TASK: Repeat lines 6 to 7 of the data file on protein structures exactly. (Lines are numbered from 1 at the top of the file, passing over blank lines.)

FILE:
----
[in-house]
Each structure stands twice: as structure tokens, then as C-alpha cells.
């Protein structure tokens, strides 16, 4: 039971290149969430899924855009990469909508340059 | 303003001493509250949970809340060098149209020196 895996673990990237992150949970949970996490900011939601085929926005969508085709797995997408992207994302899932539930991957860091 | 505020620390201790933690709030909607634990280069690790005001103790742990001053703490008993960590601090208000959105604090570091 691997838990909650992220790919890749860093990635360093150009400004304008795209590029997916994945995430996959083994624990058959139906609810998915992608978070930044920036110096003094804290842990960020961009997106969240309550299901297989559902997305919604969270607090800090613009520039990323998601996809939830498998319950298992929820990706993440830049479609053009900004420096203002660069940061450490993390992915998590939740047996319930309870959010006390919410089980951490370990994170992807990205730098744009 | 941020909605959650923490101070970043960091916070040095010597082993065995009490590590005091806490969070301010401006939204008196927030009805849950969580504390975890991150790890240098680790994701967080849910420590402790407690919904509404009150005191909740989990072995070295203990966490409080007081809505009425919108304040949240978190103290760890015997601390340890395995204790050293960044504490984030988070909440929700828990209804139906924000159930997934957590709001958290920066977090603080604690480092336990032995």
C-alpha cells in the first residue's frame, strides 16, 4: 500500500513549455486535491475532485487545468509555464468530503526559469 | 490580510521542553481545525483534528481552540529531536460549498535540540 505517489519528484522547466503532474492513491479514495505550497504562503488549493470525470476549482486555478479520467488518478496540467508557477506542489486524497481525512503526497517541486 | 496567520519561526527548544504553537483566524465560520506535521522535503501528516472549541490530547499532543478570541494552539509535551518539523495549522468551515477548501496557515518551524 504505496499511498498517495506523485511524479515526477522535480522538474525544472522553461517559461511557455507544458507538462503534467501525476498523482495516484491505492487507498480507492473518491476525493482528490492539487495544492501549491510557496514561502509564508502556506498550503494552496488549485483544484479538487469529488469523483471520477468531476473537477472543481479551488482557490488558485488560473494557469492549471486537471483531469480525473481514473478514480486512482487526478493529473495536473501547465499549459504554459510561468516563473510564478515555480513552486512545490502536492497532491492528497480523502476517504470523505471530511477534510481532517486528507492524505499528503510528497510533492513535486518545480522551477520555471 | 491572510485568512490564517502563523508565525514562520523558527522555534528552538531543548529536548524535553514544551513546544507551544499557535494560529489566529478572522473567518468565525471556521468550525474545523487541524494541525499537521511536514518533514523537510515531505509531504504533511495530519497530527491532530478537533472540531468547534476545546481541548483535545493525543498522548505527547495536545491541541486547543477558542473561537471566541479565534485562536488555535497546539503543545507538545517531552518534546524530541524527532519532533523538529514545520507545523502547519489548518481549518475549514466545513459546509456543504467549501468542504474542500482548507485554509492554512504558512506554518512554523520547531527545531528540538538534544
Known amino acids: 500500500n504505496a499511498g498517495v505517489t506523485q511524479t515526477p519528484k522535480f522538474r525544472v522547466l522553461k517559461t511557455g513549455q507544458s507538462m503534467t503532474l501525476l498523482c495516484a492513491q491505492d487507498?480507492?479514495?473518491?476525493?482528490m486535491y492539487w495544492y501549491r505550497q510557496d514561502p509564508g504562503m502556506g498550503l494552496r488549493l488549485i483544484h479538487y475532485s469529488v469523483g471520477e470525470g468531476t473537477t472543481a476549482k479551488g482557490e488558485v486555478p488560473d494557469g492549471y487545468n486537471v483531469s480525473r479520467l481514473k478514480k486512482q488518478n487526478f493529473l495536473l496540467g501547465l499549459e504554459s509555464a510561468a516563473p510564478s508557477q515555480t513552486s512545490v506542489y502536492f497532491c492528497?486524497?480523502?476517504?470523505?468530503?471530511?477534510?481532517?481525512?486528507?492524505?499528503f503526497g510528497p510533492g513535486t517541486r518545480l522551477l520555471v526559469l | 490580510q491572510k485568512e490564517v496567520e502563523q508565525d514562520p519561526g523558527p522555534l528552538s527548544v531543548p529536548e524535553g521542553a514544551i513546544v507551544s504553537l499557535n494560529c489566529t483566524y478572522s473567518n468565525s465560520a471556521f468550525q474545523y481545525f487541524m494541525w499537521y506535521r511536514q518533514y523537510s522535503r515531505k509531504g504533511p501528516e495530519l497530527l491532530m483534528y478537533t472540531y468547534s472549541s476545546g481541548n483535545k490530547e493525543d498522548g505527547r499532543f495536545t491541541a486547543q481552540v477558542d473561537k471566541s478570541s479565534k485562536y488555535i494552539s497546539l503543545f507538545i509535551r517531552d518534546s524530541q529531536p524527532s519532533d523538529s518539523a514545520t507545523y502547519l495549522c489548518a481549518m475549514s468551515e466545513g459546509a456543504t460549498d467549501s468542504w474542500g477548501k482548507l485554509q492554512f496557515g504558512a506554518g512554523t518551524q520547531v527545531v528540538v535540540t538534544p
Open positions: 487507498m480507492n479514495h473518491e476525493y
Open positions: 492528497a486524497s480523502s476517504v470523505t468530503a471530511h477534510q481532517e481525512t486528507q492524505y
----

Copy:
Open positions: 487507498m480507492n479514495h473518491e476525493y
Open positions: 492528497a486524497s480523502s476517504v470523505t468530503a471530511h477534510q481532517e481525512t486528507q492524505y